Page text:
Through the Retrospectroscope: When Connecting the Dots to Diagnosis Comes Too Late
By Kathleen W. Smith, JD
Most of the time, diagnosing a patient’s medical problem is a straightforward process. The patient’s symptoms are recognizable, and the solution becomes clear to the clinician after formulating a list of differential diagnoses. On rare occasions, a clinician will encounter a confounding constellation of symptoms that do not correspond with any known diagnosis. Faced with this issue, the clinician easily recognizes that the patient needs to be referred elsewhere for further investigation.
Presenting the greater challenge for the clinician, however, is the patient who, at the time of the encounter, presents with non-specific symptoms or symptoms commonly seen in multiple medical conditions. The clinician makes his/her determination of the underlying problem and treats the patient consistent with the presumed diagnosis. Meanwhile, the patient’s actual medical issue (often a more unusual or less likely condition) is allowed to progress unchecked. It is not until the patient experiences a bad outcome because of his untreated condition that the real medical problem is diagnosed. Knowing the outcome, however, and viewing the earlier encounters in hindsight, the clinician may then recognize hints of the true diagnosis that were present all along but simply were not appreciated at the time of the care. This is the problem of the “retrospectroscope.”
A retrospectroscope is a colloquial term used in the context of medical malpractice litigation. The McGraw-Hill Concise Dictionary of Modern Medicine defines “retrospectroscope” as “the resolution of diagnostic dilemmas if viewed in hindsight.” It is through the lens of hindsight that claimants, lawyers, experts, and juries view the medical care rendered to the patient. Retrospectroscope cases can be very dangerous, particularly if the patient’s outcome was significant or tragic, because it can be challenging to explain how the clinician failed to recognize what was actually happening with the patient. When everyone knows the ending, that knowledge, that hindsight bias, that retrospectroscope, colors everything that happened before.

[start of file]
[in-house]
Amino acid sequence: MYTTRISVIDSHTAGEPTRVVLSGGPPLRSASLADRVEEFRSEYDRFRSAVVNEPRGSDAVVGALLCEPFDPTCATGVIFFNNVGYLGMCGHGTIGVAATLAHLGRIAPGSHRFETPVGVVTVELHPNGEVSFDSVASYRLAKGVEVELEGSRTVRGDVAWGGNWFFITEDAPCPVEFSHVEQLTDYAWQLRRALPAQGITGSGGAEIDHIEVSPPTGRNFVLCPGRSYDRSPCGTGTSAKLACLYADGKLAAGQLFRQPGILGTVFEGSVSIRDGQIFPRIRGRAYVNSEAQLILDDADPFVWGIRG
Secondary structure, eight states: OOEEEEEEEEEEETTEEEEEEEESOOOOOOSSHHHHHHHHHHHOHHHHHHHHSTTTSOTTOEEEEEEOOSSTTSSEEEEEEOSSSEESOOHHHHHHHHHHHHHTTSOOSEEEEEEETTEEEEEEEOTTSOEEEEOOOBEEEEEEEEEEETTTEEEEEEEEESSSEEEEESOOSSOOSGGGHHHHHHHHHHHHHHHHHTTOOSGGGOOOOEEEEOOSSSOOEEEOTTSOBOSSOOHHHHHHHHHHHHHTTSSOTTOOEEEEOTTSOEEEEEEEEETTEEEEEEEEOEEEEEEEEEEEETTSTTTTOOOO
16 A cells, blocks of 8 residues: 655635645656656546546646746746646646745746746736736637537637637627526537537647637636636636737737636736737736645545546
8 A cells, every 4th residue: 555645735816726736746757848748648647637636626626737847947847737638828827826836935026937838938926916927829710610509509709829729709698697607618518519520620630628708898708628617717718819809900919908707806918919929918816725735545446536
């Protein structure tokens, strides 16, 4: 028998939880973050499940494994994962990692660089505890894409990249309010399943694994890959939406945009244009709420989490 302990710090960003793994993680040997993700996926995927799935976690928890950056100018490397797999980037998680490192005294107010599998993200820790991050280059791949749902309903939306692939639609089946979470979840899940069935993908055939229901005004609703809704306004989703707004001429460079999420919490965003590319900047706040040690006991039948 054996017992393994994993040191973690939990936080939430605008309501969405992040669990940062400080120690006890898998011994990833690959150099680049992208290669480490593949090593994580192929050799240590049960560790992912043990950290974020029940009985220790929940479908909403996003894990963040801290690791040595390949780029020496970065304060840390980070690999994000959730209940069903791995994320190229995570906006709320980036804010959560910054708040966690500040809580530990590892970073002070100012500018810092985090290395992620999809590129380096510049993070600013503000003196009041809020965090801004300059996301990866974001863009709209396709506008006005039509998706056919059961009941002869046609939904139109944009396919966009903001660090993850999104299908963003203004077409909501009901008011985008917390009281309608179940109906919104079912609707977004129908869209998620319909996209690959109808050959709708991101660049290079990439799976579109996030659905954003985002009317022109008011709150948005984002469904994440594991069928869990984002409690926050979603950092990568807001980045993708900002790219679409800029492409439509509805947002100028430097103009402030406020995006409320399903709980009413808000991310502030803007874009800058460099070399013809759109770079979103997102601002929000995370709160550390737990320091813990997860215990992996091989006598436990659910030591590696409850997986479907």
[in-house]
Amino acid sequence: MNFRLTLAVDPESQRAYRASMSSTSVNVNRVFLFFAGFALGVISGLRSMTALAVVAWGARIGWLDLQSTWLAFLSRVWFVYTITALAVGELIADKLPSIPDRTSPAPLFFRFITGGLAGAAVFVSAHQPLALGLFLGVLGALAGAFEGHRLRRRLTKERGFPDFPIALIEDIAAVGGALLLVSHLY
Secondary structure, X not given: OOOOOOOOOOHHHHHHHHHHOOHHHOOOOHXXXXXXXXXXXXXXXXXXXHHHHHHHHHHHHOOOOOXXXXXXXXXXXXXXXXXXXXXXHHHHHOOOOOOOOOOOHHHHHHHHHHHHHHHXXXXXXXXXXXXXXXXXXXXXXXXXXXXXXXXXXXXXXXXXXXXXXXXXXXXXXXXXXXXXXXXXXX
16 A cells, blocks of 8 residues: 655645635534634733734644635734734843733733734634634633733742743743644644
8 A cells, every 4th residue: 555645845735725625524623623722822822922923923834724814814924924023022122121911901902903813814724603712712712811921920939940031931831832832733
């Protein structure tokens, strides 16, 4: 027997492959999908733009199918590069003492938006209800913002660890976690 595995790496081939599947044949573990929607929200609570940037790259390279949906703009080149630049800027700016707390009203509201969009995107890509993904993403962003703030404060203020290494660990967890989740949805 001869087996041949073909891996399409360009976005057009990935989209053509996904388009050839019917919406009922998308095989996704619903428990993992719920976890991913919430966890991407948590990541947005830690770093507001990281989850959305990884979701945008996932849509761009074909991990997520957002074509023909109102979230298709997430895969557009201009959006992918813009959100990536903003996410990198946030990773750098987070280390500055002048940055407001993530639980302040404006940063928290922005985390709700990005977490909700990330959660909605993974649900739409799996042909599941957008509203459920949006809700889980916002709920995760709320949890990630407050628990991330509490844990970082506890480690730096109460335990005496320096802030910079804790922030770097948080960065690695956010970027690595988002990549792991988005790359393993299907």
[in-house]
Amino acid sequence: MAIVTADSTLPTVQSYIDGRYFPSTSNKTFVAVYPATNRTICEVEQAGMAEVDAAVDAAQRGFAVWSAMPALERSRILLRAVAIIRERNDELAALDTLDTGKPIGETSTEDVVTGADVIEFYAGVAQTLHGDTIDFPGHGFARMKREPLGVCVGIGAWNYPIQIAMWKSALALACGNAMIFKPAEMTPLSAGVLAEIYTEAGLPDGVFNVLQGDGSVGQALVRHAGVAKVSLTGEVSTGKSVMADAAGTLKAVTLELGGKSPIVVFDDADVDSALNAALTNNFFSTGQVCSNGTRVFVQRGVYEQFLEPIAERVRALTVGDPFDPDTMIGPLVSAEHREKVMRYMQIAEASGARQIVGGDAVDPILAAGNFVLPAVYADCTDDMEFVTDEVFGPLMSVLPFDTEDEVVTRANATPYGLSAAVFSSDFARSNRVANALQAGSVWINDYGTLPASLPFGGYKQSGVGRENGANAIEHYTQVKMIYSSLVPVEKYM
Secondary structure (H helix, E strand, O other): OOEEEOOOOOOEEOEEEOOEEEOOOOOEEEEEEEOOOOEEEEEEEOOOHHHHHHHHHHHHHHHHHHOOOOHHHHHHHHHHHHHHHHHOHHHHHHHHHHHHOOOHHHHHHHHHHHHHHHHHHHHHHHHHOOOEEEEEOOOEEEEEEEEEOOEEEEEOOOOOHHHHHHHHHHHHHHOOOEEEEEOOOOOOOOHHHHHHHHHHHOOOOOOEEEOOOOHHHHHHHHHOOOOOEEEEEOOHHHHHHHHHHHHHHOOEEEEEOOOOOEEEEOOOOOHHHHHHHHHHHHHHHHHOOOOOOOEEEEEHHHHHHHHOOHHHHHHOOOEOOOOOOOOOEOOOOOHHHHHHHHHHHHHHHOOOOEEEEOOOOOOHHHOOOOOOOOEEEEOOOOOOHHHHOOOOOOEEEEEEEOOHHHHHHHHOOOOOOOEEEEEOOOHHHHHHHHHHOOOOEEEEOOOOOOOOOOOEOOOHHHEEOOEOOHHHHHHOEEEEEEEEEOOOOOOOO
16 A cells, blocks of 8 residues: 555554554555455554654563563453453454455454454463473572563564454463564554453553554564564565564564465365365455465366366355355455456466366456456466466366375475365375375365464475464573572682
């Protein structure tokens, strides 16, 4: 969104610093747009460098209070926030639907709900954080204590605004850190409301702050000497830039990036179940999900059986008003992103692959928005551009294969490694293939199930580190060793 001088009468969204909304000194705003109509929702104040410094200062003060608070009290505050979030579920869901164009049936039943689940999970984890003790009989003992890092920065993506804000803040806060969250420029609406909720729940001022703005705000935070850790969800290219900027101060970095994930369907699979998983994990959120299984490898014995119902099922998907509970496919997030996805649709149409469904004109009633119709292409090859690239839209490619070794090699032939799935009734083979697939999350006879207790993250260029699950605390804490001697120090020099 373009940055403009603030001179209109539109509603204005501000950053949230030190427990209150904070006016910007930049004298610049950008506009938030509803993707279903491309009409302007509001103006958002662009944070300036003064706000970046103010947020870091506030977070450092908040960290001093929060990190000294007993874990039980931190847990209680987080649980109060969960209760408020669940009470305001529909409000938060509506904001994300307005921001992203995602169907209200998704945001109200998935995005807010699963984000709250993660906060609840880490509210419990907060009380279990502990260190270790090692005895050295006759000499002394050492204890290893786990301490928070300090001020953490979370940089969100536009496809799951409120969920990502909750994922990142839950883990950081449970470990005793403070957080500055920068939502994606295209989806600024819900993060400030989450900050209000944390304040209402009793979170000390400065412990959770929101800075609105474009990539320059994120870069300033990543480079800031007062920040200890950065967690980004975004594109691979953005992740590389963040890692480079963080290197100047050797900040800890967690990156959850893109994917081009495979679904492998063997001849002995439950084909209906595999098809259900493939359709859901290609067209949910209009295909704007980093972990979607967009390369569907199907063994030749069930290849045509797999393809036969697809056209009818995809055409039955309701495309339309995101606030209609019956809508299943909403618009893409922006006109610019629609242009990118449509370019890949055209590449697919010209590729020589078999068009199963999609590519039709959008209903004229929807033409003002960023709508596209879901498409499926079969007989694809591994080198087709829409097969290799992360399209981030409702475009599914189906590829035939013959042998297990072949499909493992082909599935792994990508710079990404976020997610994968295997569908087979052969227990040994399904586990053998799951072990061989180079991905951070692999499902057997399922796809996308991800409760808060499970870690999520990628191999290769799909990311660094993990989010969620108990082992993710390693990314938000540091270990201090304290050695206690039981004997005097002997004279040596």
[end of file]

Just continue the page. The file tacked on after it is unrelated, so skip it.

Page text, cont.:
Such was the unfortunate case for Michael Jones, a twenty-three year old male patient who first presented to family practice physician Dr. Jane Greene on June 13, 2016 complaining of ankle pain for three days. Mr. Jones reported that he was unaware of any injury to his ankle. Dr. Greene noted swelling and bruising of the ankle. Dr. Greene diagnosed Mr. Jones with an acute ankle sprain and prescribed an anti-inflammatory.
Michael Jones returned to Dr. Greene for a second time on June 27, 2016. At this visit, he complained of continued right ankle pain, present now for three weeks. Dr. Greene took an x-ray of the patient’s ankle, which was negative for fracture. She instructed the patient to continue taking the anti-inflammatory medication and treat the ankle with rest, ice, elevation, and wrapping. Dr. Greene’s diagnosis at this visit was right ankle sprain.
Michael Jones returned again to Dr. Greene on July 25, 2016. At this third visit, Mr. Jones complained of constant bilateral swelling and pain in his calves, ankles, and feet. For the first time, he advised Dr. Greene that he suffered from “mild” and “random” stomach symptoms for the past five years, including diffuse abdominal pain, vomiting, and weight loss. Dr. Greene documented that the ongoing stomach issue “sounds like IBS.” As for the lower extremity complaints, she ordered a Doppler ultrasound, which was negative for DVT. Various lab work was also ordered, including CBC and CMP. The CBC was performed in Dr. Greene’s office laboratory. The CMP was sent to an outside lab for processing. Mr. Jones’ CMP results were returned to Dr. Greene’s office the following day, reporting a very low albumin level.
No action was taken by Dr. Greene to follow-up on the July 25, 2016 CMP results. In fact, Michael Jones was lost to follow-up for almost seven months until February 20, 2017, when he returned to Dr. Greene complaining of diffuse and sharp abdominal pain, continued ankle swelling, joint pain, fatigue, and excessive thirst. Mr. Jones reported that he did well initially on his iron supplement for his anemia (this was not prescribed or recommended by Dr. Greene, suggesting that the patient had seen an unknown medical provider during this seven-month interim), and even experienced a little weight gain before losing weight again. Dr. Greene ordered and performed a repeat CBC in her office, which showed low hematocrit and hemoglobin. Dr. Greene did not order another CMP lab. Furthermore, based on her documentation for this visit, it appears that she did not even recognize or address the July 25, 2016 low albumin level. Instead, Dr. Greene diagnosed unspecified anemia, unspecified joint pain, and unspecified abdominal pain. She recognized the need to rule out multiple serious conditions, including both Crohn’s disease and ulcerative colitis. However, her note is completely devoid of any documentation about how she intended to further investigate these possibilities or what treatment plan she recommended to address the patient’s ongoing problems.